Immunity – Innate versus adaptive responses in the transition cow

At the recent Elanco Immunity Science Symposium held in Vienna, Professor James Roth from Iowa State University described the latest advances in the understanding of the immune system with reference to dairy cows.1 Professor Roth was joined by five other professors from around Europe to review and collate information on this exciting area of research for an invited audience of vets and scientists from around Europe. Their presentations shed new light on what has become a dynamic and rapidly advancing area of veterinary medicine. Around the time of parturition – referred to as the vital 90 days covering the 60 days pre and 30 days post calving – the immune system faces significant challenges and it is common for these animals to be affected by production related diseases at this time. There is potential to improve the veterinary response to these animals by being aware of the degree to which these animals are compromised and relating this to our understanding of disease processes around the periparturient period.

Innate understanding
The immune system is made up of innate (native) and adaptive (acquired) responses. The innate system produces an immediate response after being activated by danger signals. Innate responses are not antigen specific and are required to activate adaptive mechanisms. The adaptive response is acquired, taking place 10-14 days after exposure. Adaptive responses are antigen specific and through ‘memory’ activate the innate system. While adaptive responses are based around antibody and cell mediated responses, the innate system consists of natural defensive barriers, phagocytes and neutrophils, natural killer cells, cytokines, complement and antimicrobial peptides. Veterinary clinical thinking often focuses on the adaptive response but interest in the capacity of the innate system is increasing, as more is understood about its unique qualities. In the face of microbial invasion, sentinel cells, such as macrophages and dendritic cells, secrete cytokines – interleukins (IL1, IL6), tumour necrosis factor alpha (TNFα) and HMGB1 (High-mobility group protein B1, an intracellular cytokine). In the case of a weak response, the action is local at the site of infection. A stronger stimulus leads to systemic effects in the liver, brain and bone marrow. The results include increased white cell production to help fight the infection. Neurological effects such as depression or sleepiness encourage the animal to self-isolate, which in nature would reduce the spread of disease – in food producing animals this protective function cannot naturally occur due to management factors. Synthesis of acute phase proteins is fuelled by amino acid release from muscle, in turn reducing live weight gains. The acute phase proteins perform a number of useful functions including microbial inhibition, coagulation and chemotaxis.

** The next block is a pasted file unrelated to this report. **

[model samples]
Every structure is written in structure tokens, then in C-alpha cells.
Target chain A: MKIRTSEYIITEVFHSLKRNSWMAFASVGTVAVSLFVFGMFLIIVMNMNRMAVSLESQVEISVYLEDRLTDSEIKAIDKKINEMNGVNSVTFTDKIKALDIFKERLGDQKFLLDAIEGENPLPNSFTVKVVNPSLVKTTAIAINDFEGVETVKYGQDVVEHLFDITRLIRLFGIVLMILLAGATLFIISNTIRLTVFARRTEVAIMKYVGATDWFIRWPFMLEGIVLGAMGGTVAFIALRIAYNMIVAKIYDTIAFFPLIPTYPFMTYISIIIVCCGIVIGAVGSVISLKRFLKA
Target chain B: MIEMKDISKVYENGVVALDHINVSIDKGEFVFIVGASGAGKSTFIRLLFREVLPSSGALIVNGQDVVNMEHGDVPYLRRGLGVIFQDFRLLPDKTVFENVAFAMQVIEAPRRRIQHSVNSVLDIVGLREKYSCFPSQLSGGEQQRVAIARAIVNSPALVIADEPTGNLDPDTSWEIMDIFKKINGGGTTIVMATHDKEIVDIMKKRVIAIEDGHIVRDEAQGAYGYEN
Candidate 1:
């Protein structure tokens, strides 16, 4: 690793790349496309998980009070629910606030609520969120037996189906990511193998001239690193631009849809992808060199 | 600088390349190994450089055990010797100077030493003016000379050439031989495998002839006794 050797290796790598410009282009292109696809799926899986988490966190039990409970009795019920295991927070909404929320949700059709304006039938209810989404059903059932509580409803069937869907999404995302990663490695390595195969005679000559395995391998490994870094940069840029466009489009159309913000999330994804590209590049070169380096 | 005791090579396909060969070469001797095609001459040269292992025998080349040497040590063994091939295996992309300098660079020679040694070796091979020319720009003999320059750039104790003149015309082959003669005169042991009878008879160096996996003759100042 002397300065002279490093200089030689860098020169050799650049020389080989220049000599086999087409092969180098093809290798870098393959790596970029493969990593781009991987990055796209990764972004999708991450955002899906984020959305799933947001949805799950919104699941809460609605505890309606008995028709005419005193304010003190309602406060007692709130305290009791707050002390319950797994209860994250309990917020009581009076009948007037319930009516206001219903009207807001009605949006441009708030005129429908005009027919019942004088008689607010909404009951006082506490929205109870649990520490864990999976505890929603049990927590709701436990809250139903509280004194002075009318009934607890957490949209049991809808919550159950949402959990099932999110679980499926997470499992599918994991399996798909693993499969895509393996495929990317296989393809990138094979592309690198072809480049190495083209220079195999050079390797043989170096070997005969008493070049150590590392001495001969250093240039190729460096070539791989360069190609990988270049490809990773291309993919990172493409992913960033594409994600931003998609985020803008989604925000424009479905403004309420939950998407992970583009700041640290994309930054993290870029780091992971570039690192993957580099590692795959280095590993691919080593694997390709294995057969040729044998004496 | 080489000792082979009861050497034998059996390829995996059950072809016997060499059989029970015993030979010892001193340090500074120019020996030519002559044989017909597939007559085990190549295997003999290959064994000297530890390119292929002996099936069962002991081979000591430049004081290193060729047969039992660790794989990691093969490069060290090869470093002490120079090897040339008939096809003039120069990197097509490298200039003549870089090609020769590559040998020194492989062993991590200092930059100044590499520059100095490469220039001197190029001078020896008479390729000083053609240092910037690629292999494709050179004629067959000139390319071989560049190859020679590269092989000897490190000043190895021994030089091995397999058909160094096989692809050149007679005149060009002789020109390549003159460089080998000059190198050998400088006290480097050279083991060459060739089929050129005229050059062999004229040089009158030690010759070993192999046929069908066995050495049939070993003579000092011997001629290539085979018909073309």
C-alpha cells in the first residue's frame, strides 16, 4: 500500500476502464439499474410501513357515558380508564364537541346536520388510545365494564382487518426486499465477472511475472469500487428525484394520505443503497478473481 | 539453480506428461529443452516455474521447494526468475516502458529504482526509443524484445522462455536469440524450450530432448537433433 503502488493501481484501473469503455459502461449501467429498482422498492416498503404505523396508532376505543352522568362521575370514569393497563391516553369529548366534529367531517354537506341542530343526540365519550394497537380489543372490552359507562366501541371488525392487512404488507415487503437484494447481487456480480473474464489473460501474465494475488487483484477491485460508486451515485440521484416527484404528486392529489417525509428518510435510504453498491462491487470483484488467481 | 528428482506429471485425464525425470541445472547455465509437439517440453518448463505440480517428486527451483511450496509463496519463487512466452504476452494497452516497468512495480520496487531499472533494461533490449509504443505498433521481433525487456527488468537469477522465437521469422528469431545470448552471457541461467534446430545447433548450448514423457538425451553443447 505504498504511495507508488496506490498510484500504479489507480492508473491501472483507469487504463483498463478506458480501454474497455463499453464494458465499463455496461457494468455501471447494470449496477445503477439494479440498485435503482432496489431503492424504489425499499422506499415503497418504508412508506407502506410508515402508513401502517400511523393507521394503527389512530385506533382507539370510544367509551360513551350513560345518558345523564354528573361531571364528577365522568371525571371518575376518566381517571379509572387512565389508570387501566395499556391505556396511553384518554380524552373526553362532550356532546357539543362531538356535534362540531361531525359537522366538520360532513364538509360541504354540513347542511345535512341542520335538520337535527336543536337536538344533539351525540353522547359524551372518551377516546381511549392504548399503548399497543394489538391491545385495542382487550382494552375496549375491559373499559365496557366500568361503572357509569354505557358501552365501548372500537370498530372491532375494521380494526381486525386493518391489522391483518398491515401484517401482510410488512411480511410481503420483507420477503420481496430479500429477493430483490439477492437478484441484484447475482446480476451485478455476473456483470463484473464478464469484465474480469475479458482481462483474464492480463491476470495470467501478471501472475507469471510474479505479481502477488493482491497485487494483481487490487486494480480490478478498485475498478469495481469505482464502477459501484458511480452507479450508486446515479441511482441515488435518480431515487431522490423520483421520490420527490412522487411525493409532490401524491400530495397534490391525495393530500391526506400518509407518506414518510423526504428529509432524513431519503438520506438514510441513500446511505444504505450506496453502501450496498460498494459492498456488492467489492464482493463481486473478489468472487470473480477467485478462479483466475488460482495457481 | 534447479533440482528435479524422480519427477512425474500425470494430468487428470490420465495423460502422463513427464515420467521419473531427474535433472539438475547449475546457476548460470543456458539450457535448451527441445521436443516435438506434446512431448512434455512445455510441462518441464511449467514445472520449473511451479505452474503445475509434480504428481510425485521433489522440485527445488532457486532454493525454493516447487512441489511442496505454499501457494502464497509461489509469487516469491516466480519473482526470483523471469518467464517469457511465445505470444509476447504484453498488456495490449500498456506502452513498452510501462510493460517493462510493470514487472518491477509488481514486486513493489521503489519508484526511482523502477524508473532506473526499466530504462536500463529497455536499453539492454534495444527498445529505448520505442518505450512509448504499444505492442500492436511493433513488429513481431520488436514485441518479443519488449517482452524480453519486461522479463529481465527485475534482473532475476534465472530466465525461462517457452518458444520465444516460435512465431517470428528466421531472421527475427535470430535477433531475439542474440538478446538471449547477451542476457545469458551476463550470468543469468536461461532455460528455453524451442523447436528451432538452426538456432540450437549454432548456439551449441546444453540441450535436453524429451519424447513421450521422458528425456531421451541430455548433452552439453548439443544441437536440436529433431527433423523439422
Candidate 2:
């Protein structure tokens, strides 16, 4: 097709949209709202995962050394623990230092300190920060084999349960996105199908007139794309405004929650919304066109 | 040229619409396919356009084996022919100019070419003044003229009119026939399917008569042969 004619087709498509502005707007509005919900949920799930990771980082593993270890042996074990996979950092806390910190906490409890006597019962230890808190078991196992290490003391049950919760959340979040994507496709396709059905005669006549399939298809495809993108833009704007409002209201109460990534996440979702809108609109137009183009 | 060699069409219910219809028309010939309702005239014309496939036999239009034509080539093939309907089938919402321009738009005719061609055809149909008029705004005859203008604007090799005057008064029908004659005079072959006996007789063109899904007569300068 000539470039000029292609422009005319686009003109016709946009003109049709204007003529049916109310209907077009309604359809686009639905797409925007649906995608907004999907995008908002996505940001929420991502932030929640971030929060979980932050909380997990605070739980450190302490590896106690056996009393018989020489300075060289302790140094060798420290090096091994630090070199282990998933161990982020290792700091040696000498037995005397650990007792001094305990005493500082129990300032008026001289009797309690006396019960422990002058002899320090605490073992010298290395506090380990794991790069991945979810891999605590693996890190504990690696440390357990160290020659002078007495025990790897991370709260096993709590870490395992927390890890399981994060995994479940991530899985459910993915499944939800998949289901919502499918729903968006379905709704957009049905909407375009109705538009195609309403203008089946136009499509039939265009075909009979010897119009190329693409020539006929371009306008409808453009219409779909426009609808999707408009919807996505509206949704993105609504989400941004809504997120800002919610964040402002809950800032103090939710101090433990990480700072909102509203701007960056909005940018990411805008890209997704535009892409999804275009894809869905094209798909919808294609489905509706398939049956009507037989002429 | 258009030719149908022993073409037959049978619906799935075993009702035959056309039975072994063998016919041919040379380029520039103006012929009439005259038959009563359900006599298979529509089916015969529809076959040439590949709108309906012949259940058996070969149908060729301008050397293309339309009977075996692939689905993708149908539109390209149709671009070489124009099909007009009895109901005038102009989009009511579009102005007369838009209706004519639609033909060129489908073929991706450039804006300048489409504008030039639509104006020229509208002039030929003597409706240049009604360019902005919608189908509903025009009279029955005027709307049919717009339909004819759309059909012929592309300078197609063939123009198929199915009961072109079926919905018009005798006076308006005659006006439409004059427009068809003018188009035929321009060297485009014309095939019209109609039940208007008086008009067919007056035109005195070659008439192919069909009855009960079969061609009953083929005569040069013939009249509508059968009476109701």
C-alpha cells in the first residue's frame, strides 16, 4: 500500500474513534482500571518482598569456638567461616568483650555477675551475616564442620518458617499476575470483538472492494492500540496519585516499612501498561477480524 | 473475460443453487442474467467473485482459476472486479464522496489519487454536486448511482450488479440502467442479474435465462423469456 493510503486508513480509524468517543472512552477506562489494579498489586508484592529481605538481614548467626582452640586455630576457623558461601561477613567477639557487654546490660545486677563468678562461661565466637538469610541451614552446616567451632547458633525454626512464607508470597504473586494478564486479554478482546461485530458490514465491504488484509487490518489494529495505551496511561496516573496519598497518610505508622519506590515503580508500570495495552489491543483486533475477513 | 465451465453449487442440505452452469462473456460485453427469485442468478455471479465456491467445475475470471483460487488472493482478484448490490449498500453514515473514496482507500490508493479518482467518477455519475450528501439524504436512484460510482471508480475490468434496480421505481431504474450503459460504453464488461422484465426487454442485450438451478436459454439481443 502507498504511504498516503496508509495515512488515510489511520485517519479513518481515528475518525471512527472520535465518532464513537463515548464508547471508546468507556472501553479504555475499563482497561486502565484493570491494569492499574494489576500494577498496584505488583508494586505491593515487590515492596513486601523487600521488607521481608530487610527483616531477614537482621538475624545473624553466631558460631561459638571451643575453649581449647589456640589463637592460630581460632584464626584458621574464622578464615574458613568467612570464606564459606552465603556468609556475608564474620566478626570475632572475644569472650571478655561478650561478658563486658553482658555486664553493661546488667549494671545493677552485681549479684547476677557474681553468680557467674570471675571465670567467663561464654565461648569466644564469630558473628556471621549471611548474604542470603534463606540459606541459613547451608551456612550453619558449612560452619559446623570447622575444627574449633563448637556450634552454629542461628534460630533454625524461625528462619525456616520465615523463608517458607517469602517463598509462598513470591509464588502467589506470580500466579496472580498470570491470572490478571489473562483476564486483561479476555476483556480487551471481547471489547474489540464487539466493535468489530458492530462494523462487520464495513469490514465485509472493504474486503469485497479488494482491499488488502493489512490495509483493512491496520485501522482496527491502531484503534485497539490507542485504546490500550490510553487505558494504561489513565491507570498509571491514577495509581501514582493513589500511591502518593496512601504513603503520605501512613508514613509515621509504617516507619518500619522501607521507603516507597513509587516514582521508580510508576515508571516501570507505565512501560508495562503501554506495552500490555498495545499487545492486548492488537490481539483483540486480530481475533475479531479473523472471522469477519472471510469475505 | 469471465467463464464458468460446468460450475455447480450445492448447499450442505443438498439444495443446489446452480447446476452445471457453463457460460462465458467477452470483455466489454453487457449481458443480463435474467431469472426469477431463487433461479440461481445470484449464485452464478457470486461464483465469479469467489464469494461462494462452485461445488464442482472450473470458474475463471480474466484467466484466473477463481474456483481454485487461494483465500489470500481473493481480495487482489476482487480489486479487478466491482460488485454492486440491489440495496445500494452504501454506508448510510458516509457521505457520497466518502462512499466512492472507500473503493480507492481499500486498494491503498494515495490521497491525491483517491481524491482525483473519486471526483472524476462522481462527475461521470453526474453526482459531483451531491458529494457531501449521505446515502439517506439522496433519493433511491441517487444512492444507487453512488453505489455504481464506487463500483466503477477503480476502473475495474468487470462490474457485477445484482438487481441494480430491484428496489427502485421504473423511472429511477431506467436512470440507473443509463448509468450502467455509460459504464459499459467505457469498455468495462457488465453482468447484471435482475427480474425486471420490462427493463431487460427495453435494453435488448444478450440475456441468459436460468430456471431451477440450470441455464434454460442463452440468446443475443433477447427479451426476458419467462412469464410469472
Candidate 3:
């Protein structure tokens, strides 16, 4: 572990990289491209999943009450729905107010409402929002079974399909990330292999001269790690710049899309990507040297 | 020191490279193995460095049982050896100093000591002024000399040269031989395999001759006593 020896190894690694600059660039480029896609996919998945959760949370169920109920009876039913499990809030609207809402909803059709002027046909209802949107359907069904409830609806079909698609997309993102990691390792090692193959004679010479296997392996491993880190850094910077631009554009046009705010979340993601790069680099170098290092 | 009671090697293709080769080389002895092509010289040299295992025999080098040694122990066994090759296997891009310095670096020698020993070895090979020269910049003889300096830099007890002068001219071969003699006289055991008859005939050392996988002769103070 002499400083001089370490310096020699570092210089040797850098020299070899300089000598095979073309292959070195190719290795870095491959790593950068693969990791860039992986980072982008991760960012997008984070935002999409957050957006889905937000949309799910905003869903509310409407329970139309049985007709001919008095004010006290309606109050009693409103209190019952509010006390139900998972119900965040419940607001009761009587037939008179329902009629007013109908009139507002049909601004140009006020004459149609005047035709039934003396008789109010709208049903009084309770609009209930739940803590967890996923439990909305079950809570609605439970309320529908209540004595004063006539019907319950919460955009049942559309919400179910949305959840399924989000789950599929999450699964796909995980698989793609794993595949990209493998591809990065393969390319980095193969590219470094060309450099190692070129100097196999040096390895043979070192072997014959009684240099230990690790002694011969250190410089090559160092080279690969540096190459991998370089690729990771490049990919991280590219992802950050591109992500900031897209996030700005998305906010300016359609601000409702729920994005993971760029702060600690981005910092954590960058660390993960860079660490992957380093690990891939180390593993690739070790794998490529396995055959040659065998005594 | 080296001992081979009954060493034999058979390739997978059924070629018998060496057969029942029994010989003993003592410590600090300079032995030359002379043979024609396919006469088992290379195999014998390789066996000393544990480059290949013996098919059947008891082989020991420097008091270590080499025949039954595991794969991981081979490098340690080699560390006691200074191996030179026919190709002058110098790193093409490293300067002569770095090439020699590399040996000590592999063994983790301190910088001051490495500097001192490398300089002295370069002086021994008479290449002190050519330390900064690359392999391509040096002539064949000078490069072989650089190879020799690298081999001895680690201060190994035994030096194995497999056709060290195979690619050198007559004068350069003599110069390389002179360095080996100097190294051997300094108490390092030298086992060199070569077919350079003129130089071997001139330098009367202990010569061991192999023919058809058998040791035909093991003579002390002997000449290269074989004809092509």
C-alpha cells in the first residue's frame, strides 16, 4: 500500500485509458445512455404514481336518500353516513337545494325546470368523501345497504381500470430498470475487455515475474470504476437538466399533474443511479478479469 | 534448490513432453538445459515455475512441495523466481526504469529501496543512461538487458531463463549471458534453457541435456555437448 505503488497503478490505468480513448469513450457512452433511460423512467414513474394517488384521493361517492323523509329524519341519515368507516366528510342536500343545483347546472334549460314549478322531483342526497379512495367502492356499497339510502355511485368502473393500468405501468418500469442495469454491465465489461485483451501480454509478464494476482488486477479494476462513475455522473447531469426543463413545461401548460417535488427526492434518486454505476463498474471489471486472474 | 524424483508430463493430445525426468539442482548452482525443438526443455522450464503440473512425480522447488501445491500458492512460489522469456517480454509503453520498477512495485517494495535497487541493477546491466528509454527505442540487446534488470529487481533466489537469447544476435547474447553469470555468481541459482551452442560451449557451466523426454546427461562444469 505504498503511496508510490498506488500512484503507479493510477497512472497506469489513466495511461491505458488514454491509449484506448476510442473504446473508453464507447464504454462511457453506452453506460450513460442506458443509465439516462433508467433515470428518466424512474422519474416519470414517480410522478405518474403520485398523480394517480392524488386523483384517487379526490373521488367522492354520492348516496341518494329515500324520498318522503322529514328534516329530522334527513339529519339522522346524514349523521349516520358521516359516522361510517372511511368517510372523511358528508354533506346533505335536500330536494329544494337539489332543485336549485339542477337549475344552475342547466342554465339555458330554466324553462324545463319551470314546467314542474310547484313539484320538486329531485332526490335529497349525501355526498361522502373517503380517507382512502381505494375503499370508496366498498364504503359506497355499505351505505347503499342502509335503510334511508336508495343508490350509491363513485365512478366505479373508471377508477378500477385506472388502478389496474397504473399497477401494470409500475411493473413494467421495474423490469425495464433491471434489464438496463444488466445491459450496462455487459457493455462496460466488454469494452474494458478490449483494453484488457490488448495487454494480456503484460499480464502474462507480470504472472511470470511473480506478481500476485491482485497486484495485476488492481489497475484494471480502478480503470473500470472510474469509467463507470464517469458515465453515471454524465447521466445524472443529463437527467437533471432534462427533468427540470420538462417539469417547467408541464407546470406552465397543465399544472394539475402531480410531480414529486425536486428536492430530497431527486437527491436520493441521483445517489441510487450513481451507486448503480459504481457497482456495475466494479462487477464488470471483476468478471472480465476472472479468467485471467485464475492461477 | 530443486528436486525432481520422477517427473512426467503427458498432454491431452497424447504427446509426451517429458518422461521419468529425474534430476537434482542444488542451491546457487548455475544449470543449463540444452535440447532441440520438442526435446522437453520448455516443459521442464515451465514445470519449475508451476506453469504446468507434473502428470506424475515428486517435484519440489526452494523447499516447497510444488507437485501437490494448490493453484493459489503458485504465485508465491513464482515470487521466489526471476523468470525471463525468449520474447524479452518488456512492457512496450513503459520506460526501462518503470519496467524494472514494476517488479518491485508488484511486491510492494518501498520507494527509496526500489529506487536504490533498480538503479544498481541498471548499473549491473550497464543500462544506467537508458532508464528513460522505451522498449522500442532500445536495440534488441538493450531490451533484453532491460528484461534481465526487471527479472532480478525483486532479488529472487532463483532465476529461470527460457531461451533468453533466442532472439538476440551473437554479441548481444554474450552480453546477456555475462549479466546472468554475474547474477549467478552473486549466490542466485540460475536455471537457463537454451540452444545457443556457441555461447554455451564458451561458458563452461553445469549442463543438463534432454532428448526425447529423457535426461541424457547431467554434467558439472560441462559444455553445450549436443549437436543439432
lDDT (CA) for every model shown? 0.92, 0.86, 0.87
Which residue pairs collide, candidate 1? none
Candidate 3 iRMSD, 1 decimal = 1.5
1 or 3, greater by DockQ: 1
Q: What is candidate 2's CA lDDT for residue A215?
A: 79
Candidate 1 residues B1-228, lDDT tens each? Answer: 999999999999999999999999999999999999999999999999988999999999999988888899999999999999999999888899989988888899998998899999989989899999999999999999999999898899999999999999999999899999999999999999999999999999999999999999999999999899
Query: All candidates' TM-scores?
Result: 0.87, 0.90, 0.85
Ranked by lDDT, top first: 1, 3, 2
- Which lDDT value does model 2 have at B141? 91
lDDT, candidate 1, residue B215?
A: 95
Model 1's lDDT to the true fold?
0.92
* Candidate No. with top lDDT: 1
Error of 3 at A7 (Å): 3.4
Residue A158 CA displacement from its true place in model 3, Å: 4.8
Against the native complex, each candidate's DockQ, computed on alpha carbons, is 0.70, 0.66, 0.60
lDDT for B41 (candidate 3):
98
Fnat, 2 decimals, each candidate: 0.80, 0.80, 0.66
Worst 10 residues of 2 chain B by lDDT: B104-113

Neutrophil structure and function